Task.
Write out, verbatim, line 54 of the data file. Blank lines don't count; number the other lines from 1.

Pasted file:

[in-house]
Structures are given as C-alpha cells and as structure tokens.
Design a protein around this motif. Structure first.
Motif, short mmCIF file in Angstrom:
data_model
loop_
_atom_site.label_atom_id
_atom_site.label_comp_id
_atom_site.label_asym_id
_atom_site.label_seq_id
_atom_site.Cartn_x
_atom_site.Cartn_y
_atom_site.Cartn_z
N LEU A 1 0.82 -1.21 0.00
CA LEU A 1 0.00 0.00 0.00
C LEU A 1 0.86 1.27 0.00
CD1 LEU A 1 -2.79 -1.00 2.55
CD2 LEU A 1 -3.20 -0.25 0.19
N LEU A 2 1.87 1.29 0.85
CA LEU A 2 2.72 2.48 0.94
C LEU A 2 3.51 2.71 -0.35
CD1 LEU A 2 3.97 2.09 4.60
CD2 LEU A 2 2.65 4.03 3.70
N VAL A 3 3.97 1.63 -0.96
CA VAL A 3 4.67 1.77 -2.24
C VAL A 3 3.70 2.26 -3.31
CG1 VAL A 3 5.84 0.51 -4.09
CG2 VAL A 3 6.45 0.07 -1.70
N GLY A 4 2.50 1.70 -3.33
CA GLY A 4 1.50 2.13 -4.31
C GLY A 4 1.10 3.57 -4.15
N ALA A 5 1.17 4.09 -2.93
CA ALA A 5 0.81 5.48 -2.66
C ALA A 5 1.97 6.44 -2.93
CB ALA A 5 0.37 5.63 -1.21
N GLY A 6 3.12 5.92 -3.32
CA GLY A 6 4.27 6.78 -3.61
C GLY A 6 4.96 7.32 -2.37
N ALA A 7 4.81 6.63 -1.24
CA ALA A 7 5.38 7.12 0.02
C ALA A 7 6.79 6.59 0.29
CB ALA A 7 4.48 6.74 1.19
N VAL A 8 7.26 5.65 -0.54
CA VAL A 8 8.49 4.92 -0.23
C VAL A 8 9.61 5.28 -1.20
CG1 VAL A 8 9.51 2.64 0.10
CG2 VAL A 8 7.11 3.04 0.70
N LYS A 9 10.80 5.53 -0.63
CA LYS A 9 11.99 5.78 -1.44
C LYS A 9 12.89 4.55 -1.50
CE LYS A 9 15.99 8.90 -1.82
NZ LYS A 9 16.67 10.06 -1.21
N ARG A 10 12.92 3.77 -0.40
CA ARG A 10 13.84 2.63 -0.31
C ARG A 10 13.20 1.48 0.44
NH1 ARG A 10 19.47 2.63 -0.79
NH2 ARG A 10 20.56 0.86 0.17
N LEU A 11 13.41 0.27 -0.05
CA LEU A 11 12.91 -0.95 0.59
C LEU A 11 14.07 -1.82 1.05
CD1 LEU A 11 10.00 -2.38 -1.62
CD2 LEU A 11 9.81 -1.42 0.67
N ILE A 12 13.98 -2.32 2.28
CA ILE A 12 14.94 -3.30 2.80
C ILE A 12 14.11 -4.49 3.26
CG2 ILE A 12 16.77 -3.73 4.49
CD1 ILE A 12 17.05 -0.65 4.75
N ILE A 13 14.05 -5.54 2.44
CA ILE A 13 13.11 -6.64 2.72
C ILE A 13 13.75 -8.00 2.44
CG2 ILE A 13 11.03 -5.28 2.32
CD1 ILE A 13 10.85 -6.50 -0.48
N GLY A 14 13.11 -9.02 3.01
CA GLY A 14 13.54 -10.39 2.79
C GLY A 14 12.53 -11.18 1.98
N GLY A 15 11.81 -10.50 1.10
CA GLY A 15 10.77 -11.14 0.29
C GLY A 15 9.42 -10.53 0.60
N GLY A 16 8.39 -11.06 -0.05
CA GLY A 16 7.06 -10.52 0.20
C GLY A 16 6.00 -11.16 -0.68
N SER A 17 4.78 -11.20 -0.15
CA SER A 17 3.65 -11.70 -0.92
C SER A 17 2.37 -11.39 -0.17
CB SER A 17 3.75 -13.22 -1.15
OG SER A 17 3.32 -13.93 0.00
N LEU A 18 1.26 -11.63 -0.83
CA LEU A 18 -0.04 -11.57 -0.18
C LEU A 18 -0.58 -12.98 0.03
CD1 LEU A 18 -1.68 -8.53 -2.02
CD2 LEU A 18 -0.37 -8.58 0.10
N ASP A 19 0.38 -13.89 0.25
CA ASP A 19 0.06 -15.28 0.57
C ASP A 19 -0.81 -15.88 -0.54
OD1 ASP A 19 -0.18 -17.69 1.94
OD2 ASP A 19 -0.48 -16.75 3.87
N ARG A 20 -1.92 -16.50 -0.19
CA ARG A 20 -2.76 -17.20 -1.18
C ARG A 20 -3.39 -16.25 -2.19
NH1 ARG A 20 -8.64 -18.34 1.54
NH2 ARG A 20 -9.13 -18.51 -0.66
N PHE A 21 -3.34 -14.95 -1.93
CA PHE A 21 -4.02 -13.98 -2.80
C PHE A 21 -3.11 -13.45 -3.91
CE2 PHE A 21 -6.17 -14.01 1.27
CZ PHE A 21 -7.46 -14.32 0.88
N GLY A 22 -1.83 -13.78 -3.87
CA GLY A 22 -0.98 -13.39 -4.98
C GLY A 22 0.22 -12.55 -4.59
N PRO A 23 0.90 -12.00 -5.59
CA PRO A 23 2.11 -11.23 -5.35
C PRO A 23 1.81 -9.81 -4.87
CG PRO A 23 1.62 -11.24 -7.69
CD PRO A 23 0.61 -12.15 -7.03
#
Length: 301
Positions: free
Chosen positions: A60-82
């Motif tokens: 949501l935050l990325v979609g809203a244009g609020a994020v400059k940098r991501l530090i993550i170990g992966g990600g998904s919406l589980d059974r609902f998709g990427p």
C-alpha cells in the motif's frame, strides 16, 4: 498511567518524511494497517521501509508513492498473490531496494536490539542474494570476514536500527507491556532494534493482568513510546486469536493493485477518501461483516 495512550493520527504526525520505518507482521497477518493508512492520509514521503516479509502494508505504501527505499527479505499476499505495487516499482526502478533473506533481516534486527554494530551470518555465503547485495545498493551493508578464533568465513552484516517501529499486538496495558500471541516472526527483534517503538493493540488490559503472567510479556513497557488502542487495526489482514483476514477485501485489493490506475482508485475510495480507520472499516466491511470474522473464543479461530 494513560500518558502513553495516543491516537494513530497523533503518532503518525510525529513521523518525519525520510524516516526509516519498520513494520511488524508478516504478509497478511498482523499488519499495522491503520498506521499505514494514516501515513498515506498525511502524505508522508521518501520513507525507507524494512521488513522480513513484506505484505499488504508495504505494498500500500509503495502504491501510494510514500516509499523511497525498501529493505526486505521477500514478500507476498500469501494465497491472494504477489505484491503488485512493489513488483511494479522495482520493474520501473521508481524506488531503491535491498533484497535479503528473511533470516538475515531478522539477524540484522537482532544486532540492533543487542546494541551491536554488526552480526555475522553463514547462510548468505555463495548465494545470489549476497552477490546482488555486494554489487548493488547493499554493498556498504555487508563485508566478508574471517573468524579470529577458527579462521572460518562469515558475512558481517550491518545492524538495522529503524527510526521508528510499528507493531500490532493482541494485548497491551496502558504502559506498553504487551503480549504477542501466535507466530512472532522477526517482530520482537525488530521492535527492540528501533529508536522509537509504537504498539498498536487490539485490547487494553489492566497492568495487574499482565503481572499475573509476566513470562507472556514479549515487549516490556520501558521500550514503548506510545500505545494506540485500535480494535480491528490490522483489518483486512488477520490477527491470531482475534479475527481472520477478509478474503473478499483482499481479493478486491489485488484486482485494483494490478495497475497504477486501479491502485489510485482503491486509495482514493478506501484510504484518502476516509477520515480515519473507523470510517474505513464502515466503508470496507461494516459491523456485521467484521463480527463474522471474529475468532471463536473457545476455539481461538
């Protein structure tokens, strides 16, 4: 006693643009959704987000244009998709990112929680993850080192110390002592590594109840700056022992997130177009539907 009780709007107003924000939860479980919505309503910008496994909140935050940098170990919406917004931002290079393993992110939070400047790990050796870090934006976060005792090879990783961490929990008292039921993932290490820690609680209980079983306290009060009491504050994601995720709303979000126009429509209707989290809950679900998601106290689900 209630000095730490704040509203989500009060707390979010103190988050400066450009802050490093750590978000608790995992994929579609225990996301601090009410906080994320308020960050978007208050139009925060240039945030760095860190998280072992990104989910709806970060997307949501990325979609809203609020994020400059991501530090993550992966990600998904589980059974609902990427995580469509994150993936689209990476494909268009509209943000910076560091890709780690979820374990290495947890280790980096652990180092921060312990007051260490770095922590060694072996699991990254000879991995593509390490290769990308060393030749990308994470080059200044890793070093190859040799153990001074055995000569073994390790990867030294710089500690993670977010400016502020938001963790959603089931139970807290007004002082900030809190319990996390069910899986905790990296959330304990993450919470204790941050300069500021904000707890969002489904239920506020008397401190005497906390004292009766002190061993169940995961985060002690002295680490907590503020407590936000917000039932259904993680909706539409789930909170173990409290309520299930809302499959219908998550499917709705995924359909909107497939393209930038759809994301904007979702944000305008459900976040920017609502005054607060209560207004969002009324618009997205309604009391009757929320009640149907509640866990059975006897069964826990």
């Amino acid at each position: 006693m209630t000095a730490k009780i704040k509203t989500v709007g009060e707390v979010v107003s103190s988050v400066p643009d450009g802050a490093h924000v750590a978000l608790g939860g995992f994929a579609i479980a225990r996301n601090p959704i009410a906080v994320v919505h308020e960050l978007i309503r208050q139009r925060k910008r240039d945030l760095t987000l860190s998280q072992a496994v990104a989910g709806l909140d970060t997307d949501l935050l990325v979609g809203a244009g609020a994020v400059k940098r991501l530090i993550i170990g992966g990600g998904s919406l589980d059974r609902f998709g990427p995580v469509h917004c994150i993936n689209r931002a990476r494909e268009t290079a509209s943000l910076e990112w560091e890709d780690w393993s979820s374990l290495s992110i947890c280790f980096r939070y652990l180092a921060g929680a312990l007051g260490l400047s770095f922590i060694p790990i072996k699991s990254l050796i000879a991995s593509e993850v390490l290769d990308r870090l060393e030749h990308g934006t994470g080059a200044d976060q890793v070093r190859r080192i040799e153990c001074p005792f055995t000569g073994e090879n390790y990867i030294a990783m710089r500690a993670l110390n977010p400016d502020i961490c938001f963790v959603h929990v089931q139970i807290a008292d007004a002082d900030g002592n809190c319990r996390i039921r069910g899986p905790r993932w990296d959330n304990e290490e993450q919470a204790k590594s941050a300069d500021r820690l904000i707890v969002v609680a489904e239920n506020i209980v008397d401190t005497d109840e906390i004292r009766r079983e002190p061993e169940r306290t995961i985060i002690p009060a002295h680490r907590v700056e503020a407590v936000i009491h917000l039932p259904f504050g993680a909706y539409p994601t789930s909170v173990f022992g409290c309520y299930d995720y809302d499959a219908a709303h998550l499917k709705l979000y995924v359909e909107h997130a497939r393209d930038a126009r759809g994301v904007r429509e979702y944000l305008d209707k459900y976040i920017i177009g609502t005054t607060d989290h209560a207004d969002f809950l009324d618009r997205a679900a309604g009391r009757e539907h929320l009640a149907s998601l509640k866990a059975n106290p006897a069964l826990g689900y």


CA ARG A 10 13.84 2.63 -0.31